This is a big theme with Morgen, and it's evident in much of his work. With The Kid Stays in the Picture-which he did happen to screen once with Warren Beatty and Jack Nicholson at Robert Evans' Beverly Hills home-Morgen and co-director Nanette Burstein combine Evans' off-camera narration with stock footage and digitally enhanced photos to create a kind of 3-D third-person biography, which was generally praised by the critics.
Not unlike Evans' epigraph at the beginning of the documentary-"There are three sides to every story. My side, your side and the truth. And no one is lying. Memories shared serve each one differently"-Morgen explains that his filmmaking "is about finding alternative ways to tell stories that question the viewer's perception" and to also "be funny and heartfelt without being condescending."
Morgen has sought to apply his alternative principle, in some form, with every commercials project, most notably with the "Nimrods" spot. Part of ESPN's "Without Sports" campaign, from W+K/N.Y., the spots depict residents from the tiny Upper Peninsula town of Watersmeet rooting for their oddly named high school basketball team, the Nimrods. Tagged "Without sports, who would root for Nimrods?"-and with no contact information listed-the ads prompted people from all over the country to call the school for Nimrod-themed merchandise. With several articles in major newspapers and a segment on The Tonight Show, merchandise sales have hit near $400,000 and Morgen now has a Nimrods television show in production with the Sundance Channel.
Morgen's other commercials may not have reached the mythical status of Nimrod Nation, but he still looks for that "is it real?" response from viewers, as he did with the commercials he directed for Mother and Egg, a British financial services company. Unlike mockumentarian Christopher Guest, Morgen always tries to steer clear of the faux documentary look that mimics the real thing by having subjects look straight at the camera. The Egg spots focus on a fictitious company with complicated schemes to screw people out of their money. Morgen was forced to use actors but threw away the scripts, ad-libbed the dialogue and used more natural lighting that he says made the spots feel more "organic and authentic," yet still questioned their authenticity.
Morgen comes from a progressive educational background, beginning with the alternative Crossroads High School in Santa Monica, where in ninth grade he began studying film and the work of Godard and Bertolucci. This exposure continued at Hampshire College in Amherst, a school with a reputation for turning out creative types, including author/adventurer John Krakauer and documentary filmmaker Ken Burns. There, Morgen accidentally found himself in a documentary class where he remembers studying films like Nanook of the North, The Nuer and Sherman's March, as well as the work of John Cassavetes.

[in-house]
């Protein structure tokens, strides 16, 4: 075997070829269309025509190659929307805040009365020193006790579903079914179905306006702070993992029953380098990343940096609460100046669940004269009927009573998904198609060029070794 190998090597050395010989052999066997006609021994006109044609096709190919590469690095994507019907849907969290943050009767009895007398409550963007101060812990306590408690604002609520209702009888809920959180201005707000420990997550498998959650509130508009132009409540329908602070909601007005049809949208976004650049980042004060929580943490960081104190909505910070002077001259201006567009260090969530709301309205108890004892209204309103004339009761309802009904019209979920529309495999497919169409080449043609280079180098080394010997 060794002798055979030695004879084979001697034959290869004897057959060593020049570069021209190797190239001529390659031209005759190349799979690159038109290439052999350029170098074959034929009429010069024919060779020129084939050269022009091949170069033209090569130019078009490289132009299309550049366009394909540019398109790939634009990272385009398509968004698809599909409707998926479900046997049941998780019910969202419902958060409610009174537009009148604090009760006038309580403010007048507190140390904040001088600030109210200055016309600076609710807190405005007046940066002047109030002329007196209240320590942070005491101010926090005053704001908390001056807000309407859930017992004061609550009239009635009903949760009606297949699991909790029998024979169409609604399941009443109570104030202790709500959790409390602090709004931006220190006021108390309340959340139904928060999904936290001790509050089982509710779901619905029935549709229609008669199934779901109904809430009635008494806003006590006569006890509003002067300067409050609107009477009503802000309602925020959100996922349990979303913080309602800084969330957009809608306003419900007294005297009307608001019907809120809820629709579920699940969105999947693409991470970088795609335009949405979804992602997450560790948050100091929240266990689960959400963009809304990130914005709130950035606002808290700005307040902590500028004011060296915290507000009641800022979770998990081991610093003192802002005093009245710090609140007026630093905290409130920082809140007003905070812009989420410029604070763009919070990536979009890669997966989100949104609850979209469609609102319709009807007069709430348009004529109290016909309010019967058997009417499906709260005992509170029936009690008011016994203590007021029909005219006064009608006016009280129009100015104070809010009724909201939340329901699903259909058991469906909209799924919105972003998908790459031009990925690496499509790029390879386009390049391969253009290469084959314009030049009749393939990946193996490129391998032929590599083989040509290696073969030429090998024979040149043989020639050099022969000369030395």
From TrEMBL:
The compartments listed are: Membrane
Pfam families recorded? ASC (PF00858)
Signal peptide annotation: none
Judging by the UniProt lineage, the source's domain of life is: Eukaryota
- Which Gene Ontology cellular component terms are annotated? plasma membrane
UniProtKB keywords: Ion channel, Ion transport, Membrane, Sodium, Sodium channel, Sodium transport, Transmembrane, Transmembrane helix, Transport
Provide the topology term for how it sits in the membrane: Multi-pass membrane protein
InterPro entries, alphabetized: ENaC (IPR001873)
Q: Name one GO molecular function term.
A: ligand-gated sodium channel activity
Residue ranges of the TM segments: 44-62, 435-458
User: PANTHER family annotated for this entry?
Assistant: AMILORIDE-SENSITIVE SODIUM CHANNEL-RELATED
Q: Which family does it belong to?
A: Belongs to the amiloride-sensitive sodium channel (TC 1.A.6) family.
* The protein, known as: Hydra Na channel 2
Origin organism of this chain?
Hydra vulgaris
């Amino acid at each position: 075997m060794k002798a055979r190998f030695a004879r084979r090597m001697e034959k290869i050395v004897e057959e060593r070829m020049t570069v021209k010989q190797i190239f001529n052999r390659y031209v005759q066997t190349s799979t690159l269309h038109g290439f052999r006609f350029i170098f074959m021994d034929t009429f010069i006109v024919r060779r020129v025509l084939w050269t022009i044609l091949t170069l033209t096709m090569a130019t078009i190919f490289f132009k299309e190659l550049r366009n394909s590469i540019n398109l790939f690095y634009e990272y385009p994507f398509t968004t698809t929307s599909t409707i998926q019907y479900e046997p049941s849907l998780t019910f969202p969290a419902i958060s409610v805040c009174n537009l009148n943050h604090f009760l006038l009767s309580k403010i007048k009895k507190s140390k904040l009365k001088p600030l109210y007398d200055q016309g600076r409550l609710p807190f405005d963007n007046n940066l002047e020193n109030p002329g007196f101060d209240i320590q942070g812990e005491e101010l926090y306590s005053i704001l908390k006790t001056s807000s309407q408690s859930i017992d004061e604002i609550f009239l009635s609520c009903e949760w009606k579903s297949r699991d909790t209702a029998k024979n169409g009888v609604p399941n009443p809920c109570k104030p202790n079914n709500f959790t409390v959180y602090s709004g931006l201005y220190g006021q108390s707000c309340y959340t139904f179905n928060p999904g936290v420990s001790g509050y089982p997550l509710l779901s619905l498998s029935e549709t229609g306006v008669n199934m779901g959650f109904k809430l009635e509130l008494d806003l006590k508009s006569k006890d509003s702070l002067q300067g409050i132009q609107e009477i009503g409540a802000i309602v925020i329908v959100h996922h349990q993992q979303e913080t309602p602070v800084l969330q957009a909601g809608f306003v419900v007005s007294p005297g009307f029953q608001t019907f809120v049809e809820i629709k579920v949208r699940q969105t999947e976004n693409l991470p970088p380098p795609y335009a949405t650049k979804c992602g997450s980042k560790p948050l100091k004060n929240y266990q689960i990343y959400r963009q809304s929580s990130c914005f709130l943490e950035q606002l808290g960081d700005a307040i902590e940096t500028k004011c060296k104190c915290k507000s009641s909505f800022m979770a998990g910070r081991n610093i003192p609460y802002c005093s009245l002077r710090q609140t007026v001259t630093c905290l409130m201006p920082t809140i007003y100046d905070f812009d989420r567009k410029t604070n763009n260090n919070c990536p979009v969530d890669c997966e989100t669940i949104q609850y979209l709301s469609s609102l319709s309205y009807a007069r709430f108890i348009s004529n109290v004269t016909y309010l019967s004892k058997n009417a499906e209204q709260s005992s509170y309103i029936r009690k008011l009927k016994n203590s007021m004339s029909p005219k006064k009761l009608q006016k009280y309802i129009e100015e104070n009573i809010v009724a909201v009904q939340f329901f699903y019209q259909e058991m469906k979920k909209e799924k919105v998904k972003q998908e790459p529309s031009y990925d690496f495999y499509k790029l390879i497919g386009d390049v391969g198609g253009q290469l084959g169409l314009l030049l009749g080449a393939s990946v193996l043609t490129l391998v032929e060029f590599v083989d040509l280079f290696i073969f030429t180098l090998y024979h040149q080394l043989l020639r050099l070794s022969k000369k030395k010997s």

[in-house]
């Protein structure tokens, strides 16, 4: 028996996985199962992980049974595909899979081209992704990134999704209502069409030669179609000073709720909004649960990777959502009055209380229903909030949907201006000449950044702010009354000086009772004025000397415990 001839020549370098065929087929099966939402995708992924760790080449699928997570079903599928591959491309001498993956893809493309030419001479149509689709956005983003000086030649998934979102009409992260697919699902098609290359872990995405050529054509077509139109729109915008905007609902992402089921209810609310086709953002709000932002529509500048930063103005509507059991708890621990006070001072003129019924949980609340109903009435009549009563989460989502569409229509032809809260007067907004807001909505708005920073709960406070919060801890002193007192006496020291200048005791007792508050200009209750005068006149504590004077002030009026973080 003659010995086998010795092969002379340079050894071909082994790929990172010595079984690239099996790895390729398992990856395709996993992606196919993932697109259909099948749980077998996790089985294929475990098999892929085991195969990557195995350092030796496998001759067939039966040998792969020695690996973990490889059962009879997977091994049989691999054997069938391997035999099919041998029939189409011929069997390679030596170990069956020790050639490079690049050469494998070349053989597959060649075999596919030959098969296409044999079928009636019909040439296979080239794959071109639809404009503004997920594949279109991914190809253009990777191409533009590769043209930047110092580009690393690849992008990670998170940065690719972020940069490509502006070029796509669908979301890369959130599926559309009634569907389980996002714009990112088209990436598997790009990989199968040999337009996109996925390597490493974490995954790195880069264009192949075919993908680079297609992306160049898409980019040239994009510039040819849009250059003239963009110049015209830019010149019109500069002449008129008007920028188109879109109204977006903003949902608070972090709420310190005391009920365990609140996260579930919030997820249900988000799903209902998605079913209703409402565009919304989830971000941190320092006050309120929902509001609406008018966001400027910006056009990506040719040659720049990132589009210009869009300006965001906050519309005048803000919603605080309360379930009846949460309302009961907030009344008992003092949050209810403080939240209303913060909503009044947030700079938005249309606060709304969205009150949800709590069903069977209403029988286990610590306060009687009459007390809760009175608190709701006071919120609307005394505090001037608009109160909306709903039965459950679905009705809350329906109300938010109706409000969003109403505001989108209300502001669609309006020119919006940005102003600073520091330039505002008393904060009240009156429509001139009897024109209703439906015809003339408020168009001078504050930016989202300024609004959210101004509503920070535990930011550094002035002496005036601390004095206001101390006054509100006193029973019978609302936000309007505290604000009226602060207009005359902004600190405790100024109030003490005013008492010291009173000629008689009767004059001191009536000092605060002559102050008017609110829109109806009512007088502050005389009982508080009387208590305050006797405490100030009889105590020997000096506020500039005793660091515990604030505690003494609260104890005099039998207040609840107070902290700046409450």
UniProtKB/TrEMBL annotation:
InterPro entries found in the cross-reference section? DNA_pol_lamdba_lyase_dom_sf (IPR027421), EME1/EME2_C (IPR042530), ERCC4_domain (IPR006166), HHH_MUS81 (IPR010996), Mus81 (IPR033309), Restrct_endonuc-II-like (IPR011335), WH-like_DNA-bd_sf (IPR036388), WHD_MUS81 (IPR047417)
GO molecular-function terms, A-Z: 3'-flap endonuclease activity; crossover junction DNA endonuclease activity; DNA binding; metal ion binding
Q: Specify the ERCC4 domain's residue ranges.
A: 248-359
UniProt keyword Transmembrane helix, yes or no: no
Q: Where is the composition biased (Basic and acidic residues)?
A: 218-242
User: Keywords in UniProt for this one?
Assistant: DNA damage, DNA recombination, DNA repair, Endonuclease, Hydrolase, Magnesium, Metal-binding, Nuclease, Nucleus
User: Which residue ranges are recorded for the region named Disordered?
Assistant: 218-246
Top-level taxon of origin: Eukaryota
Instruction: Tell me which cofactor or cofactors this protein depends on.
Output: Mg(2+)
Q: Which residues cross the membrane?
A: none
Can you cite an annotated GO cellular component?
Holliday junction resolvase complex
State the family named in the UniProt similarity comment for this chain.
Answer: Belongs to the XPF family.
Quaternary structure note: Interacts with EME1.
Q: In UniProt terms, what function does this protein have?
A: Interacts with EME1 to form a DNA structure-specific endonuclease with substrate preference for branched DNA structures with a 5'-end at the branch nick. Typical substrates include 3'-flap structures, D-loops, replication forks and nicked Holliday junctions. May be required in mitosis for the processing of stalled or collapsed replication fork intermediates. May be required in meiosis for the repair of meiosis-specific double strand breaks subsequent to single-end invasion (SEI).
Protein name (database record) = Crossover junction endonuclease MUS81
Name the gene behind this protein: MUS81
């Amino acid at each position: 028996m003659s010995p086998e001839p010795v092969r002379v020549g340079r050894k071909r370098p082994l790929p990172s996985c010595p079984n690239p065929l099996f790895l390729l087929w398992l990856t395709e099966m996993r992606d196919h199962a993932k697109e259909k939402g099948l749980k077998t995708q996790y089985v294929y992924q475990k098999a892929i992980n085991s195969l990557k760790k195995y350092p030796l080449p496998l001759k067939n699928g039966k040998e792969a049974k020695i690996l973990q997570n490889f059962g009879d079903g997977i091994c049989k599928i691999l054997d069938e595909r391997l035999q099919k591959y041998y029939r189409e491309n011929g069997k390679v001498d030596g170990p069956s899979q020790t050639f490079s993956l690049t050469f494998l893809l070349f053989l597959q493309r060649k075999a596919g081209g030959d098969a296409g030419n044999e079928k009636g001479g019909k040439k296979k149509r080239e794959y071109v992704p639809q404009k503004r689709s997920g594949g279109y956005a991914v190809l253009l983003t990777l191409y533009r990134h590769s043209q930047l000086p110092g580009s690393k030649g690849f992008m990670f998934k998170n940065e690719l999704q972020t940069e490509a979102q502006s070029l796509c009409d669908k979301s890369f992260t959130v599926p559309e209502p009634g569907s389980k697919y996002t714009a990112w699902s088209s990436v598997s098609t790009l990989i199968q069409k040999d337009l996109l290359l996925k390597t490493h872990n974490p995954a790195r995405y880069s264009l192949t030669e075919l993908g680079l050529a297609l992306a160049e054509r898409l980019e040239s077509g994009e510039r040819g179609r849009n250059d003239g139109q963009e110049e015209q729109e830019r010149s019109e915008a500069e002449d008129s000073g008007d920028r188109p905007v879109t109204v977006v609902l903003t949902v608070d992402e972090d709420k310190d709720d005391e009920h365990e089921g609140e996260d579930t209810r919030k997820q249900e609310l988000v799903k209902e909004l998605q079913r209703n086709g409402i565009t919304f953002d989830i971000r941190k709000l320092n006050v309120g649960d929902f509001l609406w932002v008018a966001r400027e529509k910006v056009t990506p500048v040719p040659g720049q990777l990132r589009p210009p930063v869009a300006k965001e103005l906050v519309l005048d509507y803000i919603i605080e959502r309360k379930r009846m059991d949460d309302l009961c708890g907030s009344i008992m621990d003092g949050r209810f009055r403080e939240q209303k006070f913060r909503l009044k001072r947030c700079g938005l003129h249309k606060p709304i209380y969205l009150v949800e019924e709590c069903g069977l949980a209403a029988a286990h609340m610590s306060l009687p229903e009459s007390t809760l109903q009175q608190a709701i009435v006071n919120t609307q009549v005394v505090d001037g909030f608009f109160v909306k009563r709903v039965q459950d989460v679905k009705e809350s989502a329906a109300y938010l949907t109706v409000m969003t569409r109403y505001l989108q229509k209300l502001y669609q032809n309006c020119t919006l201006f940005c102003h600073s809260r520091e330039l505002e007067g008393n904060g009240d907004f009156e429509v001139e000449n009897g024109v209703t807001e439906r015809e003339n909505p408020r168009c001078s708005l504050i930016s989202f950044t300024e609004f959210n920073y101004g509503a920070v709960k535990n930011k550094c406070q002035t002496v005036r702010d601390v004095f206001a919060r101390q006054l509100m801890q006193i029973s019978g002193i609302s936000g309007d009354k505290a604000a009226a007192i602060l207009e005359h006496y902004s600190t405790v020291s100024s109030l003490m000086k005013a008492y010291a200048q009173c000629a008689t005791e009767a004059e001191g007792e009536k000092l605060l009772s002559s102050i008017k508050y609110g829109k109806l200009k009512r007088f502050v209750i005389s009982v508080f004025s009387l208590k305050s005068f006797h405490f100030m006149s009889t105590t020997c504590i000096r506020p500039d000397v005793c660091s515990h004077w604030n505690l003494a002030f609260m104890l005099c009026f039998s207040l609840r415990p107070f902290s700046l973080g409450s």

Morgen says, "Outside of maybe Michael Moore and Roger and Me, I'd been used to documentaries that were mostly fairly academic-more an extension of broadcast journalism. After being exposed to things like the French New Wave and other alternative film techniques, I decided to explore whole new ways to represent reality and to create nonfiction that breathed like fiction." Morgen's first documentary, again with Nanette Burstein, was On the Ropes, a film about amateur boxing that chronicled the lives of Brooklyn trainer Harry Keitt and three of his young fighters. Shot, edited and scored to feel like a fiction film, On the Ropes was a cinematic knockout, nominated for a Best Documentary Feature Oscar, and the winner of the Special Jury Award at the 1999 Sundance Film Festival, and the Directors Guild Award for Outstanding Directorial Achievement in a Documentary. After signing with Anonymous in 1999, Morgen landed a job with Wieden + Kennedy, an hourlong Nike-sponsored documentary about boxer Roy Jones Jr. that aired on ESPN2. "It's not like I was going to be able to sell Crest," Morgen says of the transition. "My work didn't really lend itself to the traditional commercial."
But it has worked for traditional brands like Budweiser. DDB/Chicago gave Morgen just five black-and-white photos and a Busch family member's audio reminiscences for a recentspot. Morgen, in turn, combined the track and post-enhanced the photos to create an abbreviated brand history.
Morgen, whose upcoming feature projects include Addiction Inc., about Philip Morris whistleblower Victor DeNoble, likens his initial shift from a two-person documentary set to big-budget commercials productions to "being a painter with only a pencil to an artist given 356 color crayons." He says he'll continue to bounce back and forth between features and commercials; as almost every features director discovers, the variety of projects and the possibilities of experimentation that come with the shorter format are irresistible.
"Every campaign uses different tricks of the trade, and there's always a new and different way to present things. I never want to become another trendy director of the moment." Morgen is repped by Anonymous' Gisela Knijnenburg and Tara Averill on the East Coast, David Wagner in the Midwest and Michael Di Girolamo on the West Coast.